Research: Meeting Buyers See Budget Cutbacks Ease

The majority of planners expect meetings expenditures to increase or remain flat in the next six months compared with the past six months, as only 19 percent of 220 respondents to a MeetingNews survey expect further declines to meetings spending in the first half of 2010.

The findings represent the first time in more than a year that the majority of group budgets are growing or holding steady and support a growing sense that things are improving in the meetings business shared by hoteliers, industry associations, corporate travel buyers and meetings planners. Despite optimism, it remains to be seen whether a rekindling of meetings spending would fuel a full-on recovery.

"We're not out of the woods yet," said Maritz Travel Co. president and CEO Christine Duffy. "I think people are still being pretty cautious and are really taking it quarter by quarter based on earnings and budgets being approved, which has not happened in one fell swoop."

A recent survey of corporate travel buyers gave a very similar outlook on meetings expenditures for 2010, as 35 percent of the 26 buyers surveyed for the Masters Program in Washington, D.C., in February said their companies' meetings spending would be higher than 2009 levels, while 50 percent said such spending would remain flat. Both surveys show a positive direction for meetings spending, but some attendees said improvement does not mean recovery, considering the deep decline of meetings activity and spending in 2009.

ExxonMobil global travel manager Vivian Wu attributed some of those increases in the industry to "pent-up demand," claiming, "If you're down 20 or 30 or 40 percent in meetings, then guess what: You've only got up to go."

Maria Chevalier, manager of travel services for Johnson & Johnson, said her company like many others slashed meetings expenditures in 2009, but customer-facing travel is going back up this year. "Last year, we did a mandate of a reduction of 30 percent of meetings, but this year we're flat," Chevalier said. "A lot of it is you can only go so long without some of these meetings. It's short-term. We're not going to go back to normal levels, to where we were the year before, because it will be flat this year, but what we're seeing is where we cut back on the internal meetings, we're going back up on the external meetings."

Some organizations have been raising their investment in meetings all along, including the 17 percent of respondents claiming growth in meetings spend in the past six months. "Our meetings are going up," said Trish Rothman, travel manager at William Blair & Co. "We haven't stayed flat for quite a few years because it's important for our clients and our business."

Still, 51 percent expect meetings spending to remain flat in the next six months. Lora Di Padova-Tannehill, director of scientific meetings at the American Society of Neuroradiology, falls into that category. "Our budget cycle is July 1 through June 30, so we kind of went through the budget cycle for our meetings last year. We went in with fewer expenses in our 2009-2010 budget. We were counting on less sponsorship, exhibitors and attendees."

Di Padova-Tannehill was optimistic about some indicators for the association's big meeting in May, but was not expecting a full bounce-back this year, particularly for medical meetings, which carry their own set of challenges and regulations.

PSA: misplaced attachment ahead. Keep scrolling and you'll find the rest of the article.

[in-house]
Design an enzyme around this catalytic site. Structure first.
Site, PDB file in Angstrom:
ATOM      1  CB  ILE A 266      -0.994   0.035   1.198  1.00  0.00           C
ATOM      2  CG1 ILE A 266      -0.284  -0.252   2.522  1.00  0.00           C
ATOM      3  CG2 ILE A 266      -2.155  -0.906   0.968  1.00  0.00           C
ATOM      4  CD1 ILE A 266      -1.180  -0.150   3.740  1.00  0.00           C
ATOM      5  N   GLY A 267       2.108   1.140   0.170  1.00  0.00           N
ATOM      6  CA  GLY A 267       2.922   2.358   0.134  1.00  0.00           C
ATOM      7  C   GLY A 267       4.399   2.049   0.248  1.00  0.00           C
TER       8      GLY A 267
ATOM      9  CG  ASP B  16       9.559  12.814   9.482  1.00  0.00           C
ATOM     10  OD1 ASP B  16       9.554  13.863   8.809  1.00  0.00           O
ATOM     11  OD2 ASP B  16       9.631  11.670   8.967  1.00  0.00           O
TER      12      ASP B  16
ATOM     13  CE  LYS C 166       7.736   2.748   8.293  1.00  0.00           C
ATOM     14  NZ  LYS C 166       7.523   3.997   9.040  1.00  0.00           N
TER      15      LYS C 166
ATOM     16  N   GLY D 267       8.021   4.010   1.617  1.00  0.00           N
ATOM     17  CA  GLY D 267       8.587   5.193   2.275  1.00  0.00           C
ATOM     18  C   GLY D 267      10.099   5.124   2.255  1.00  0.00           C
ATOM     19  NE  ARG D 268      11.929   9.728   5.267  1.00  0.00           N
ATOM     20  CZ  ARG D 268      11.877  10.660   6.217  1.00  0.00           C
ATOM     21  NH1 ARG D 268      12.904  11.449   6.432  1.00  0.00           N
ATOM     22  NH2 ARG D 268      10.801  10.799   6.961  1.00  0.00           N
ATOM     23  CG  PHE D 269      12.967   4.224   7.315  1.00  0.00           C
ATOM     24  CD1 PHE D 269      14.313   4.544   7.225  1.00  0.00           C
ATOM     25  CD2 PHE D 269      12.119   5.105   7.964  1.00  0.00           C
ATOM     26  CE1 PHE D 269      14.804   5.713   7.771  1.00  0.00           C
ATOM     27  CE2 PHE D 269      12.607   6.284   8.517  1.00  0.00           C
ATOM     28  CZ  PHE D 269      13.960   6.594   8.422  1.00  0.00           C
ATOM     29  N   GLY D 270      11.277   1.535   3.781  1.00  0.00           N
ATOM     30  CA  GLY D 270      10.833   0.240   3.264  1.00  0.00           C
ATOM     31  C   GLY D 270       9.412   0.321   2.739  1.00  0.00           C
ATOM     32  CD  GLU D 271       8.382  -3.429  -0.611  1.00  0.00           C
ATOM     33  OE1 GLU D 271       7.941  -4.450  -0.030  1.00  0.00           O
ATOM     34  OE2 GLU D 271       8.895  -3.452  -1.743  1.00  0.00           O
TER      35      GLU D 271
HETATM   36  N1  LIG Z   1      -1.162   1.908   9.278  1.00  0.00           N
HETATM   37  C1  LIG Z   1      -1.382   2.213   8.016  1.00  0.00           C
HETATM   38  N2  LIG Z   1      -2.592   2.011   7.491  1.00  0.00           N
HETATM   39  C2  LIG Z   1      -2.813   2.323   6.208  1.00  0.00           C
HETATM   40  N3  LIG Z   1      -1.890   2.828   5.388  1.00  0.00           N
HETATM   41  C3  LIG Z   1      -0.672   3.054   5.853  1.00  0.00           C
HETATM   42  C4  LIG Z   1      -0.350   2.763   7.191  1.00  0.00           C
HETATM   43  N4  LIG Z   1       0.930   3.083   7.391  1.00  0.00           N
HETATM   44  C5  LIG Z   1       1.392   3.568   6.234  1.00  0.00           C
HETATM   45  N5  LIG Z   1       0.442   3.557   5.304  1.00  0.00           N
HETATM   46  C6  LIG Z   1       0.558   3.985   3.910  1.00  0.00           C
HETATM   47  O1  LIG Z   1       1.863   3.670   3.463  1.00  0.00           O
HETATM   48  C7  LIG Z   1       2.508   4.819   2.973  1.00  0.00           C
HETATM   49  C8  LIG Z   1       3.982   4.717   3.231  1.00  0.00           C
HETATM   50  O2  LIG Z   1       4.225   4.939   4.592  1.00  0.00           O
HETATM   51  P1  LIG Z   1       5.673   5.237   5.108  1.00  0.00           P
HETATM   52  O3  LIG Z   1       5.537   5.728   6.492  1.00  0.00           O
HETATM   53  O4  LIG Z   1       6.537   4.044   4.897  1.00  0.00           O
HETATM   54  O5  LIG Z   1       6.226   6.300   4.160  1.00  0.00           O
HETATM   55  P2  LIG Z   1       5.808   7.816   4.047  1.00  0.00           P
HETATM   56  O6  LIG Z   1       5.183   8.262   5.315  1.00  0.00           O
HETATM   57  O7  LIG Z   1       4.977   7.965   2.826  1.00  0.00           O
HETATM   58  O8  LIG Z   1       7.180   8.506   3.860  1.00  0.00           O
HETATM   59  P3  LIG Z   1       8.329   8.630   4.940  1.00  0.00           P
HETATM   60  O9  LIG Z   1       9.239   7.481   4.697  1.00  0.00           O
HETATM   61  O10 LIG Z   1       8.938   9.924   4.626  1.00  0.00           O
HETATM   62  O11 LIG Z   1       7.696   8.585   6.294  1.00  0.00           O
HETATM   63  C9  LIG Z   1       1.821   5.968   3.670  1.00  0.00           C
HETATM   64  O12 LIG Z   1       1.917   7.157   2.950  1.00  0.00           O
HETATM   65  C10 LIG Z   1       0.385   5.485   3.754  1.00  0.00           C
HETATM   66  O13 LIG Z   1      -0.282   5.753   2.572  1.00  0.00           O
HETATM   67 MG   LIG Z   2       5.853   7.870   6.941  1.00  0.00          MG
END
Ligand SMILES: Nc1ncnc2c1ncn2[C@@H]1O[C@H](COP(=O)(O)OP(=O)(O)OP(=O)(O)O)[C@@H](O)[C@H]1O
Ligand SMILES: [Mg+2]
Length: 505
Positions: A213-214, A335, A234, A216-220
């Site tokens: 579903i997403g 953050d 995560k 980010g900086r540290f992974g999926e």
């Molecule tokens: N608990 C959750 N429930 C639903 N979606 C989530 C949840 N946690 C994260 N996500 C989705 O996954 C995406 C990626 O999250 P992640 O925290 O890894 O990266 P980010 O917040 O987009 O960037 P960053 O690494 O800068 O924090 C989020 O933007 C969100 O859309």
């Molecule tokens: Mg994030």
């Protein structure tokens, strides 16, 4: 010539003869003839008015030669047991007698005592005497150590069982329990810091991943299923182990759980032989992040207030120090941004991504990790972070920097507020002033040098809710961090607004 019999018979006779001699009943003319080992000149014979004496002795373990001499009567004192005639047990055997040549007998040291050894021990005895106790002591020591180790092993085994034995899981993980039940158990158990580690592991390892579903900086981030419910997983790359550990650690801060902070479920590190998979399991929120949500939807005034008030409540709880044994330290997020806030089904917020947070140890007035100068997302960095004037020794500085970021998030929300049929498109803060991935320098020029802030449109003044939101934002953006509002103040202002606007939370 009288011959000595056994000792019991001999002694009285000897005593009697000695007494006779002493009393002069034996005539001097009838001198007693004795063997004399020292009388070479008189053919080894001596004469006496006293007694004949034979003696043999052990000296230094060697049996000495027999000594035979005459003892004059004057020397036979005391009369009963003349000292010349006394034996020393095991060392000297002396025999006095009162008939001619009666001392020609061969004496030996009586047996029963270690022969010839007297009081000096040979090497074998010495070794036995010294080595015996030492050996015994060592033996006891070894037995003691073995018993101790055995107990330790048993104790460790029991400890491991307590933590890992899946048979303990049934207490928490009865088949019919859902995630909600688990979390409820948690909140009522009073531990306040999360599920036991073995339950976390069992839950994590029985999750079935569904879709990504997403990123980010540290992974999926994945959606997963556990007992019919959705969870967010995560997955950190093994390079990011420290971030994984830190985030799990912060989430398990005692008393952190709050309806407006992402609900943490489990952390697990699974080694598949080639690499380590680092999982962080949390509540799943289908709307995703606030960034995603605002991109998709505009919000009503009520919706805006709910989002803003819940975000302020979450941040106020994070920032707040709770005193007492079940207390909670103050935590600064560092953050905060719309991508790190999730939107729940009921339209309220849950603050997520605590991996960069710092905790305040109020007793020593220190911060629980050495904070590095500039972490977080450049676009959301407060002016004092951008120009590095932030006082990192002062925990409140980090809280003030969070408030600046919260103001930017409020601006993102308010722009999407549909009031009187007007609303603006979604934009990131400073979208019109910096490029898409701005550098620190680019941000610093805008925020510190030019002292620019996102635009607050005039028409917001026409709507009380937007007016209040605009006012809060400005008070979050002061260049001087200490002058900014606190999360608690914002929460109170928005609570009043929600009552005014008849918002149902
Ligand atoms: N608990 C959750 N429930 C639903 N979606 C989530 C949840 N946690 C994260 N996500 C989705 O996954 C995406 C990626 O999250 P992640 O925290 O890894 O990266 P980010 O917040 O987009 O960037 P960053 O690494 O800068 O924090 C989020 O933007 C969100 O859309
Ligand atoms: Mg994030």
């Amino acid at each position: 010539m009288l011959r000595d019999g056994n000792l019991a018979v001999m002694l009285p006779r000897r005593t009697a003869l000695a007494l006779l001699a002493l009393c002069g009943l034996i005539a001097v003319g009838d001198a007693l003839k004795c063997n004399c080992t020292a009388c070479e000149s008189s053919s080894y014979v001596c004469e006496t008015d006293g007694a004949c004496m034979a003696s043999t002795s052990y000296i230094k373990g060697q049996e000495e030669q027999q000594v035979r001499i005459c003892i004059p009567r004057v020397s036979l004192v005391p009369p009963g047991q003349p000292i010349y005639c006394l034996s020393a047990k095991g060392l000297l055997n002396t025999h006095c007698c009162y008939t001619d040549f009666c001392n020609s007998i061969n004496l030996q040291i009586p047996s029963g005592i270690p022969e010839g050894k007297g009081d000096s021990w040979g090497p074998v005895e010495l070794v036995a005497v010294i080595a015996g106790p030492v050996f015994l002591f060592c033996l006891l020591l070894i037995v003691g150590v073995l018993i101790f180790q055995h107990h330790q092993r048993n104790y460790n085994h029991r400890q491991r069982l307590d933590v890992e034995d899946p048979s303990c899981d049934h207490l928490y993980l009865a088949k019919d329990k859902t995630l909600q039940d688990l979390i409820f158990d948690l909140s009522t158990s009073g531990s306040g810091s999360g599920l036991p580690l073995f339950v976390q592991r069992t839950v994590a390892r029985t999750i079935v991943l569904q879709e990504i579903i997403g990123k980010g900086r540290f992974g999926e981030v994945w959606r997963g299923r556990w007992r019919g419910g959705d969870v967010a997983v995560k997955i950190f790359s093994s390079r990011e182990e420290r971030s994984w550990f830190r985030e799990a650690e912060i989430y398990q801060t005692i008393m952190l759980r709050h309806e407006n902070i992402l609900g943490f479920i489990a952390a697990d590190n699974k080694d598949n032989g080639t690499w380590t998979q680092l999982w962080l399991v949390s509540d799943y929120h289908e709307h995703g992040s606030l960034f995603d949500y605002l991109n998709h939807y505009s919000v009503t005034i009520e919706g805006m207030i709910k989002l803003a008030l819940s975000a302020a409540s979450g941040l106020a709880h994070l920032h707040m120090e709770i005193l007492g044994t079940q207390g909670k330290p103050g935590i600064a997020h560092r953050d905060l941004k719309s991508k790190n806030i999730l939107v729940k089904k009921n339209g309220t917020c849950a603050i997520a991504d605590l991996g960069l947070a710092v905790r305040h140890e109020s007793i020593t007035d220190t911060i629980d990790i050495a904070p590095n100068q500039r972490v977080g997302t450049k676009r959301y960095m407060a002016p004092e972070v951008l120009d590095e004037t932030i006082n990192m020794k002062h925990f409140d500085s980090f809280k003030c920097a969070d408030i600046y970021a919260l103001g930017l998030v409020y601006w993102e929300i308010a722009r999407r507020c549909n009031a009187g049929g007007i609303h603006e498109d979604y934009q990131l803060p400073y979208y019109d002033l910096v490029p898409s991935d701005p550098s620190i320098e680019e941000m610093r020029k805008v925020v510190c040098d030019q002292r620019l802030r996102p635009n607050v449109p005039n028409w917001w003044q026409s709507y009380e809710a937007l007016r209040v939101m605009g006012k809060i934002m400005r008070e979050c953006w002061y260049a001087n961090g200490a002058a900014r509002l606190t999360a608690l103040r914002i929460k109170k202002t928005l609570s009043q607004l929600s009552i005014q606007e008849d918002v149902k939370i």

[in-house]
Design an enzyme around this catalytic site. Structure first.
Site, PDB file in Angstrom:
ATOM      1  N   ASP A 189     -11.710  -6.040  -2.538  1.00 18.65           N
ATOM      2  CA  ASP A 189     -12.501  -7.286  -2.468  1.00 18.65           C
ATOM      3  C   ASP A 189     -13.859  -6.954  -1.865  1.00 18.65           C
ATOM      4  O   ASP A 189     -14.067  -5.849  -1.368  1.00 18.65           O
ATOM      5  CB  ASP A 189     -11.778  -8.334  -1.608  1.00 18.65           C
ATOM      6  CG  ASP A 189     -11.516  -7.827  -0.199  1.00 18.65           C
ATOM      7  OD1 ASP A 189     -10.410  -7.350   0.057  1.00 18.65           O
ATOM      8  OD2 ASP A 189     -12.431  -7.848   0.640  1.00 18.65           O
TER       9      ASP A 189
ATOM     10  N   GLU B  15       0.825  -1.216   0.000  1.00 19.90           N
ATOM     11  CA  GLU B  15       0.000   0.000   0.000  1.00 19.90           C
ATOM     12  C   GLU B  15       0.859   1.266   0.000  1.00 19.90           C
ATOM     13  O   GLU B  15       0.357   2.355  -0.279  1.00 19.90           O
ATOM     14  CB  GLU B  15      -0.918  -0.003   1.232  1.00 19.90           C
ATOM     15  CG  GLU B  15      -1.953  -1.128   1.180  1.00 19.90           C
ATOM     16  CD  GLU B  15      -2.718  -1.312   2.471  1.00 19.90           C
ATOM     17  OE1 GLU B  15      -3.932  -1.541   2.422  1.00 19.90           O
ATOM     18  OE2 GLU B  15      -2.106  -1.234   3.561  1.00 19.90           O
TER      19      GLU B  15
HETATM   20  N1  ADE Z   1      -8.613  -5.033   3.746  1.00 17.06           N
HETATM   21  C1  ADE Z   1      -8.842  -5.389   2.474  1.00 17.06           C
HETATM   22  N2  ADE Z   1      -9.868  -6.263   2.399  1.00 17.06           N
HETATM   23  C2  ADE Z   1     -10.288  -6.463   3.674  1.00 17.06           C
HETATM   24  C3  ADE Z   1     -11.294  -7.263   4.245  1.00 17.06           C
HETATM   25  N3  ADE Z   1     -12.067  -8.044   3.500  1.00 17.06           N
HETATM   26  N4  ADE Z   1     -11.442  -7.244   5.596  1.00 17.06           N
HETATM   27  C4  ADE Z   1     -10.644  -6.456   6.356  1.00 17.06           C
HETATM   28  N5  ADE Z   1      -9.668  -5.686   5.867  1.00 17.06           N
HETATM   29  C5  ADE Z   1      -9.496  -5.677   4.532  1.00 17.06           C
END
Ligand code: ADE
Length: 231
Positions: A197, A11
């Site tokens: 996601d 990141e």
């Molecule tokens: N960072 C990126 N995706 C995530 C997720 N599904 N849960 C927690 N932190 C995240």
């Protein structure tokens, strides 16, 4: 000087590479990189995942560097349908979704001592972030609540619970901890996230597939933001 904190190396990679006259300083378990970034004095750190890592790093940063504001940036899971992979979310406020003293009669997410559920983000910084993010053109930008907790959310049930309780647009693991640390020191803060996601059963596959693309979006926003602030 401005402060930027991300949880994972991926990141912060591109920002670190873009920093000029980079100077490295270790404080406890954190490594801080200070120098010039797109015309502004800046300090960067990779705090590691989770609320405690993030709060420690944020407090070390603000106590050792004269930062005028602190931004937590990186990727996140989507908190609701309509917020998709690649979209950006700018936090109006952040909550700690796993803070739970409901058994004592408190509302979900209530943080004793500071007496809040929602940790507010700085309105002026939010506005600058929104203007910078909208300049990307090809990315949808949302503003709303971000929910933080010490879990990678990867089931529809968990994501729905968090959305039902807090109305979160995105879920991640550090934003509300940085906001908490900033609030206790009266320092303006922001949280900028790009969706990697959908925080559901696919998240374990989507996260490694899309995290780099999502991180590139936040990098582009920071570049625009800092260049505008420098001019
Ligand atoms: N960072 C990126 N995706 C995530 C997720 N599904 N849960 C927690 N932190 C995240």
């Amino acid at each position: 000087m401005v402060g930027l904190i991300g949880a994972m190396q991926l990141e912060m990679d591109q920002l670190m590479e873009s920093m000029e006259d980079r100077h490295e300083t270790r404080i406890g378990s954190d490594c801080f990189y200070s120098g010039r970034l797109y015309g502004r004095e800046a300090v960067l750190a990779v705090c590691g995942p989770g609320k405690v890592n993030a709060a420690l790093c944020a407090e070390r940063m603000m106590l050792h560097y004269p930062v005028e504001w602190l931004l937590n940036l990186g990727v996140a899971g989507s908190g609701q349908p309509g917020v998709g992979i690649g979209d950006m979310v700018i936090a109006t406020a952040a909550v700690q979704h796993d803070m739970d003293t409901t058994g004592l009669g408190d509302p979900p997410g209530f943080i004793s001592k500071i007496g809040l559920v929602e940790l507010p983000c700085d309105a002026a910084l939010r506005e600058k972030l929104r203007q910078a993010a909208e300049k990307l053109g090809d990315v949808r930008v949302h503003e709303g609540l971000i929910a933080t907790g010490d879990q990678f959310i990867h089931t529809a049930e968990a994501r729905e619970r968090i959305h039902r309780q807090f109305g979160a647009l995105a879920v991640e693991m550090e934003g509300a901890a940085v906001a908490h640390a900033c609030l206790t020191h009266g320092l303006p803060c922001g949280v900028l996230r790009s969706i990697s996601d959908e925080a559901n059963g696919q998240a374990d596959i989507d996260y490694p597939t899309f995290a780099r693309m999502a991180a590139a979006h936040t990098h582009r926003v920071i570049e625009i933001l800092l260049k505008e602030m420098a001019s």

"We're still looking for strong attendance. The concern is sponsorship and exhibitor participation. Even those that are participating, they're sending fewer representatives. That affects the bottom line."

The MeetingNews survey shows that while 40 percent of respondents decreased meetings spending in the past six months, only 19 percent plan to do so in the next six.

"We have heard that things are looking up for 2010 and planners are optimistic," said Convention Industry Council COO Karen Kotowski. "I haven't heard it expressed in expenditures so much as expectations for attendance, and those seem to be on the upswing."

Starwood Hotels & Resorts Worldwide said group business gathered steam toward the end of 2009, compared with the steep declines witnessed in the fourth quarter of 2008.

"Last year at this time, our group business was heading downhill fast, but now we are seeing a few positive trends," said CFO Vasant Prabhu in February. He said cancellations in the fourth quarter were down 50 percent, while "bookings into 2010 were up over 50 percent and bookings in the first half of 2010 were up over 100 percent," he said. "In addition, businesses have started to confirm meetings that had been put on hold. Corporate rate negotiations are ending better than we might have expected a few months ago. We're hearing from our corporate customers that cuts in travel are behind them. Companies want their people back on the road, drumming up business and motivating their teams."

Prabhu warned, however, that "group business always lags" other segments in recovery. Though he expected an improving year for groups, he said he was hardly expecting a "robust" year.

Marriott detailed similar trends as it reported its fourth-quarter and full-year results in February. "While relative, corporate demand is picking up, cancellations are running again at normal levels, and our 2010 group bookings continue to build," said president Arne Sorenson. "In December, new group bookings for any time in the future were both higher than the prior year and ahead of our expectations."

CFO Carl Berquist said group business continues to lag. At full-service Marriotts, occupancy traditionally is around 40 percent of overall room nights. "Right now, it's running probably around 37 percent," Berquist said.

Originally published March 1, 2010